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Shark scientist

By Meredith Randle ’16 August 3, 2016
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Zach Nicholls ’14, now known as Dr. Jaws, came to William & Mary expecting to major in biology and minor in marine science, hoping to “play with charismatic megafauna.” More specifically, he wanted to swim with sharks. During his time in college, he worked on the oldest shark survey in the U.S. “I found it dedicated to quantifying things, which definitely has value, but I was not spending time understanding the animal. A shark isn’t going to act in a relaxed, natural way in that research setting.”

Having spent some time writing poetry and making films in high school, he decided to combine his mega-love of megafauna with his creative talent. “I have a scientific bend, but also an artistic side,” Nicholls said. “I like to poeticize science because the language of science can be quite dry, regardless of its subject’s gravity.”

In a culture of “Jaws,” “Shark Week,” and news broadcasts reporting the most recent shark attacks, the avid SCUBA diver, biologist and shark enthusiast uses his art, books, videos and social media to reinvent the idea of sharks. He hosts a program called “Sharks and Coffee” in which he hopes to give sharks a better name by sharing thoughts about them over his morning cup of joe. “Sharks are often boxed into a single cultural role,” Nicholls said. “I’m not an authority; I just want to bridge the gap between science and art, and carve new cultural images.”

One way he does this is by providing teachers and publications with succinct and easily accessible resources. While doing some research, Nicholls was not able to locate an adequate list of sharks native to the Virginia coast. “I just wanted a simple little shark list. No one had synced that information up yet, so I took it upon myself to do that.” Lots of research and 54 species later, his “little shark list” became a free resource to Henrico, Va., and Chantilly, Va., schoolteachers, as well as a few publications. They found Nicholls’ tool invaluable, and it came at no price to them. “I don’t believe in charging for information. That list was something I’d always wanted and never had, so naturally I wanted to share it with people.”

Acting under the pseudonym Dr. Jaws, Nicholls serves as a kind of messenger, the bridge between science and the public. He hopes that Dr. Jaws can grow into a title that can be passed on. “I want to create a legacy and have it grow into something sustainable,” he said.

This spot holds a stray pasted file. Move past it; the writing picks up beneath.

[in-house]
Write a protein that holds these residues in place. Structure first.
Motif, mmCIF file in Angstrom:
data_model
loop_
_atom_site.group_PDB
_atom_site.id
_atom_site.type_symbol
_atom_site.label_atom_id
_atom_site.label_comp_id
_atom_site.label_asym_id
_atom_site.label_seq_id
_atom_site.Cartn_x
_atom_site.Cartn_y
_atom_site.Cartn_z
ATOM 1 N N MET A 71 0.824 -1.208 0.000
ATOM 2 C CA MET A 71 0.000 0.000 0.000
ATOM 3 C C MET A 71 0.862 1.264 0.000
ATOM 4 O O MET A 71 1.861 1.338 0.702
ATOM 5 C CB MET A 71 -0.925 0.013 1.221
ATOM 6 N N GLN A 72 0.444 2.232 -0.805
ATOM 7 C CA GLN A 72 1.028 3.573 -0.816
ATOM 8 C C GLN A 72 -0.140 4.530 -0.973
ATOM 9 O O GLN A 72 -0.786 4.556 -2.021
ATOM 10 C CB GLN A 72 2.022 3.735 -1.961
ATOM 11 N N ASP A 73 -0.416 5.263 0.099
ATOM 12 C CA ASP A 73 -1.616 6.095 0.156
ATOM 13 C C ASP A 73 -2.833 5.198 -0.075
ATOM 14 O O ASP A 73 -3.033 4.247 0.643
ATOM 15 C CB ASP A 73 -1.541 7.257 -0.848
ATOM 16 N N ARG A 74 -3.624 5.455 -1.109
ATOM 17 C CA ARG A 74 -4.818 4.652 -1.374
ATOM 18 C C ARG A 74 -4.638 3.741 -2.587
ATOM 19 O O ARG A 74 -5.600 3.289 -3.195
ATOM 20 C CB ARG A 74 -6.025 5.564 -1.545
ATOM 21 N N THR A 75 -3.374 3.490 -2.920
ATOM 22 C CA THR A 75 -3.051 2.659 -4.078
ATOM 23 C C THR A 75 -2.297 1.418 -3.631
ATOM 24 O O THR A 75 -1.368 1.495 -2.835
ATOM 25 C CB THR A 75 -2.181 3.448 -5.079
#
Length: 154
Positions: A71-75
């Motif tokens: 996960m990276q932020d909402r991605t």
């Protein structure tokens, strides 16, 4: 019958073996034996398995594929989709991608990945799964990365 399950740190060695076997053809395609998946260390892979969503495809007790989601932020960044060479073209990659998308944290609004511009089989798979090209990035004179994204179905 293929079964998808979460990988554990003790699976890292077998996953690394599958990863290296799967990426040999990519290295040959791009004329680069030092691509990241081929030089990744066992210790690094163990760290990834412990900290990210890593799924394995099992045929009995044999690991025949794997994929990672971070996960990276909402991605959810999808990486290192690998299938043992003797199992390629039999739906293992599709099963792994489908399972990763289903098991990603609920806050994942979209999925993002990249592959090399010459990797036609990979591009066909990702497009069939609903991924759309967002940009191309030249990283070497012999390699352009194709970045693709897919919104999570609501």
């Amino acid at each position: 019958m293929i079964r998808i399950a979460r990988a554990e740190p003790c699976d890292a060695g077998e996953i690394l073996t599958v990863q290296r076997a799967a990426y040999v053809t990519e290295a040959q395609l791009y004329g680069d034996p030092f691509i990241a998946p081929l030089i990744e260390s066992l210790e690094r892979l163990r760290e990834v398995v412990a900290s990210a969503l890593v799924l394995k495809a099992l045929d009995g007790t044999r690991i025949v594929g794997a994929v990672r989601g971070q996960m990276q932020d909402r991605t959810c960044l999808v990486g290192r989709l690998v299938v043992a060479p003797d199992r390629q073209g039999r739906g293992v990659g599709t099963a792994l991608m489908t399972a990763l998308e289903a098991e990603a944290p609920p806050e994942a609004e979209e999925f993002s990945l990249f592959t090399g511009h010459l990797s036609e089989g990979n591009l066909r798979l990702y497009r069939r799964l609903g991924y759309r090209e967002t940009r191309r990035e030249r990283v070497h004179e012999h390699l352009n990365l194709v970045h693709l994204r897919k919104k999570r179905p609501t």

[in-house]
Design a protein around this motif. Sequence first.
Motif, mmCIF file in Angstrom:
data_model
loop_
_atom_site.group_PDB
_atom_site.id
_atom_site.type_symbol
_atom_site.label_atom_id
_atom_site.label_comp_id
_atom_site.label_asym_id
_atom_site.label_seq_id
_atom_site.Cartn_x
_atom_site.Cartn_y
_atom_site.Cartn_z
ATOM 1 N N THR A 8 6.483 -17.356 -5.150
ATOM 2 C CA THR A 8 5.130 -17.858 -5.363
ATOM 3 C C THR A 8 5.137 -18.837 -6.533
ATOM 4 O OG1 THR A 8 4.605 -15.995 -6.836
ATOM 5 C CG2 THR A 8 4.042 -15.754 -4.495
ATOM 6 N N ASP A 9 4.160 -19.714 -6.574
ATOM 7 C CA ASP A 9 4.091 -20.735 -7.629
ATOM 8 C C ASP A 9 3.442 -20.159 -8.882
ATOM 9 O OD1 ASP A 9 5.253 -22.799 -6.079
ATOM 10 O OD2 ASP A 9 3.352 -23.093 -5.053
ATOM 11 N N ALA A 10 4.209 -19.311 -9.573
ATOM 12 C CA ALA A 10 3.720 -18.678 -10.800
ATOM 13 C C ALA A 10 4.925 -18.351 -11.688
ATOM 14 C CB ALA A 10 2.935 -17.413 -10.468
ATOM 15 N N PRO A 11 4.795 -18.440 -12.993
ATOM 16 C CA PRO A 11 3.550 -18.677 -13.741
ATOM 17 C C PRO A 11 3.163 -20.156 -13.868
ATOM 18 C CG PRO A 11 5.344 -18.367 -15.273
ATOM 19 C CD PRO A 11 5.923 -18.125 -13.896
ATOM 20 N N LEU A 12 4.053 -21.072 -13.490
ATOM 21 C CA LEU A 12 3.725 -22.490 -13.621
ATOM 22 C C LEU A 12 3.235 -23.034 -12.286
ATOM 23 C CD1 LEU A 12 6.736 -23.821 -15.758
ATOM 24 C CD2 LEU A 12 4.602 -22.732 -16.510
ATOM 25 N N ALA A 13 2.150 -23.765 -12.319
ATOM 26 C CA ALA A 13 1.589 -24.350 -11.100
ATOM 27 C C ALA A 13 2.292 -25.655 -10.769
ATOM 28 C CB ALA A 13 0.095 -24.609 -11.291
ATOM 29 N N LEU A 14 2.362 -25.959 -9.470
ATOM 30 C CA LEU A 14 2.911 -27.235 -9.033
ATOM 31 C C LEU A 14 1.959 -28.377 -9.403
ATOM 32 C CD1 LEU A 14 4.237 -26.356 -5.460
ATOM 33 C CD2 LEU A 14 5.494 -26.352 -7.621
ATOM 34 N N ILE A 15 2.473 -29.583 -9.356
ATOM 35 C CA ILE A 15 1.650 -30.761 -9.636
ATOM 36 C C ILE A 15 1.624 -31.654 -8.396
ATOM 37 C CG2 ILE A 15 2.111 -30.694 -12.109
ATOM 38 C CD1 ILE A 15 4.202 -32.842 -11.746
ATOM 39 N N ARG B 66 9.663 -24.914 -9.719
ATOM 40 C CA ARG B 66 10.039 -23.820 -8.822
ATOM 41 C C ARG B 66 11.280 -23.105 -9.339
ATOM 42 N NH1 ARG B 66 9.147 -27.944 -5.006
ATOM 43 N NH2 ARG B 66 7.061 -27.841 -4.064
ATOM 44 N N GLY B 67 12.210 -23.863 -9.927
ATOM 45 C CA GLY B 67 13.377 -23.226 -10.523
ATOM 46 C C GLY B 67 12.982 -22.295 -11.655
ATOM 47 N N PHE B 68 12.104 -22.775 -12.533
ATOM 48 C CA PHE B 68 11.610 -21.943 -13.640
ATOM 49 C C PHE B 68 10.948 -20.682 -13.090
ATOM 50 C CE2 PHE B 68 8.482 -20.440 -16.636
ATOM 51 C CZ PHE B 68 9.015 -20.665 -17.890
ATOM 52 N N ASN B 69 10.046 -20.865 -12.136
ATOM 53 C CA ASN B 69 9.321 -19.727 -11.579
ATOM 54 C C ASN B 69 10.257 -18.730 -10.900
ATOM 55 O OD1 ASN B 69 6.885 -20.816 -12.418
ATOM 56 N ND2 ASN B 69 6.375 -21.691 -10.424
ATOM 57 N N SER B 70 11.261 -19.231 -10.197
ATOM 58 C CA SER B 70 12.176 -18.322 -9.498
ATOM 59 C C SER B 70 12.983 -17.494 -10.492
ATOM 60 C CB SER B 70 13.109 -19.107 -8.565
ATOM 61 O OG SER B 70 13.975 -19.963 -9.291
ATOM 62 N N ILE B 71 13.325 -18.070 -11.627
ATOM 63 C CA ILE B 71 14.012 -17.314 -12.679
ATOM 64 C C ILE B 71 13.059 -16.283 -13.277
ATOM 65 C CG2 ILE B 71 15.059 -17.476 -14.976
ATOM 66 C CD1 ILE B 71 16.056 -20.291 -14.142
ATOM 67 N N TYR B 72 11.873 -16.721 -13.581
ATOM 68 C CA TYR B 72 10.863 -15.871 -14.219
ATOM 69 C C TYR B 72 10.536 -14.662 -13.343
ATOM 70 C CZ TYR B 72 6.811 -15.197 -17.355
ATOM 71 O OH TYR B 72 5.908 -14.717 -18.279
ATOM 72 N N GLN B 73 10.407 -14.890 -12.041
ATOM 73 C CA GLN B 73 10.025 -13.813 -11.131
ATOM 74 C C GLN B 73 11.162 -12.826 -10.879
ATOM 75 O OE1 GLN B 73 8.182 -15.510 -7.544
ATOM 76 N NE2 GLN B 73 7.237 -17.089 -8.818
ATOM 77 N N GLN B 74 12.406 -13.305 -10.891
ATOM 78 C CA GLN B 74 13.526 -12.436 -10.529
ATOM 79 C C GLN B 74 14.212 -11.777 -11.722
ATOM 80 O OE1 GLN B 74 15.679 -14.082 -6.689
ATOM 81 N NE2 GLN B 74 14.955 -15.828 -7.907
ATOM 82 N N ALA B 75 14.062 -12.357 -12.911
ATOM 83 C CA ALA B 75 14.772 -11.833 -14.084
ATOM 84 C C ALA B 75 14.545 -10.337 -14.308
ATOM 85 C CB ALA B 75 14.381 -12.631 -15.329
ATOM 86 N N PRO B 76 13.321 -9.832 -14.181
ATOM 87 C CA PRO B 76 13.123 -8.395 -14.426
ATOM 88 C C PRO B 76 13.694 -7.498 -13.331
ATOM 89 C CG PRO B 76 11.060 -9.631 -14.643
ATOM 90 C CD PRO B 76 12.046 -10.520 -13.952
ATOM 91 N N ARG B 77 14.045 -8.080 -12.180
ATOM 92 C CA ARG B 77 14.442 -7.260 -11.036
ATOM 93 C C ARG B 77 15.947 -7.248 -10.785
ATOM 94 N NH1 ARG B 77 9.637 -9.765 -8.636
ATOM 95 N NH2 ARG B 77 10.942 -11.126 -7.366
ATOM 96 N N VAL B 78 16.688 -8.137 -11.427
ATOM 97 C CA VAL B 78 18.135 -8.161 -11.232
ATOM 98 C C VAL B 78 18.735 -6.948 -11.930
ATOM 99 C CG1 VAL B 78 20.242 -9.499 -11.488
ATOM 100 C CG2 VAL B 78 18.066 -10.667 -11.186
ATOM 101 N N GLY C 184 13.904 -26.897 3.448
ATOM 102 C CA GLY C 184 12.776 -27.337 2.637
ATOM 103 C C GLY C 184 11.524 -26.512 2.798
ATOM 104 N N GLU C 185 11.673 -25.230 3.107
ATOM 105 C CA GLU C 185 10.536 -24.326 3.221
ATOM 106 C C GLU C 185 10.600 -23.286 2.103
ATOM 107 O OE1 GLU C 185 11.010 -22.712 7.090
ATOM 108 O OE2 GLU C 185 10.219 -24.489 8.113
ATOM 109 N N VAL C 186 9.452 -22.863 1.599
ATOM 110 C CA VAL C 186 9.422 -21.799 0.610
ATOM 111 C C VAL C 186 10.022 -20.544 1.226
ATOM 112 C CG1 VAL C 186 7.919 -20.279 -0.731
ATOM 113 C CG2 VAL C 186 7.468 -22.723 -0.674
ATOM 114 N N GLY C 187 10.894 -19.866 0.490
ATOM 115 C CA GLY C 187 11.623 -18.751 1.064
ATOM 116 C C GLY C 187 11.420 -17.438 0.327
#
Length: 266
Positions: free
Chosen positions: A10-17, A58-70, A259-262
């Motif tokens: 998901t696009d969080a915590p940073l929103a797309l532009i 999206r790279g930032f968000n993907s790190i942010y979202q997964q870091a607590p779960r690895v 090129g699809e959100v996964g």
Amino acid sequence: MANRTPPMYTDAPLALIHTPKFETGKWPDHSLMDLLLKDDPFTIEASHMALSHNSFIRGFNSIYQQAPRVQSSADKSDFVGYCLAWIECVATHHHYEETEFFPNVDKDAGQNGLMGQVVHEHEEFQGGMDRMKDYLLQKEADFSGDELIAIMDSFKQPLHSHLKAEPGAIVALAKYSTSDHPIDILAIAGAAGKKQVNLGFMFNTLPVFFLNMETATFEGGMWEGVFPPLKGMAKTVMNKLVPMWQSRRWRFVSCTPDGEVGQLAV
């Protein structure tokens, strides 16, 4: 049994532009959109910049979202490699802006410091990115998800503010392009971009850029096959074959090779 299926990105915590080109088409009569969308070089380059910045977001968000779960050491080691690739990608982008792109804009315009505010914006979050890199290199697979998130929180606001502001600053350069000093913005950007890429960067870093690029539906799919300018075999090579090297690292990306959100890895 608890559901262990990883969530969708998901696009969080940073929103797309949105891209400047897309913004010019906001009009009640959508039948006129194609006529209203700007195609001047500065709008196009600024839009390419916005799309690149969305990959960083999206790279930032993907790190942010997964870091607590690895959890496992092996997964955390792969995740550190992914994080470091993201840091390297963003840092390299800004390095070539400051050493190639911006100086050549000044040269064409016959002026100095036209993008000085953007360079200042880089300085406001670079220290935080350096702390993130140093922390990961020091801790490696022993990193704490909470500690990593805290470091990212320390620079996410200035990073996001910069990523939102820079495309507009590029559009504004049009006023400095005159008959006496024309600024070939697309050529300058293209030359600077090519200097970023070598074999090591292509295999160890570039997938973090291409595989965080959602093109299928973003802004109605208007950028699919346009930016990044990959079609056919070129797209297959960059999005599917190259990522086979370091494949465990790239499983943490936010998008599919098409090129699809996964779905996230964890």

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Serving as Dr. Jaws, he spends some time in the water now, but while at the College, he used to Swem with sharks far more than he swam with them. Pun intended. He spent countless hours at Swem Library developing his ideas and the content for his work, hoping that publishers and collaborators would agree to work with him. Nicholls says that the Swem resources were very much appreciated. “They connected me with a lot of different outfits. That’s not a standard; not many libraries have a quality studio and media center right there like Swem.” With such tools available, Nicholls encourages students to appreciate them. “People should be thankful for the College environment. It’s a huge opportunity to make a leap into a career, and there are wonderful resources available there.”

 

Along with the extensive resources available at W&M, fellow Tribe members have served Nicholls’ project as reliable partners. “The alumni network itself has been a huge resource for marketing, but also collaboration.” Caitlin Kight M.S. ’05, Ph.D. ’10 has worked with Nicholls on expanding his project in press across the pond. Kight manages Current Conservation and the “Wild Side,” a radio show on which she gave Nicholls and his many projects some well-deserved attention.

 

Other partners from the College includ Erin Rose ’14, whom Nicholls calls “a star on the rise” and has been helpful in marketing his work. In this way, fellow W&M alumni are as much linked to the origin of “Dr. Jaws” as the project is tied with William & Mary itself.

 

If you are interested in learning more about Zach “Dr. Jaws” Nicholls, sharks, or the bridge between the arts and sciences, check out his work on the Dr. Jaws Facebook, Twitter, or Youtube channel. You can contact him directly at zwnicholls@email.wm.edu.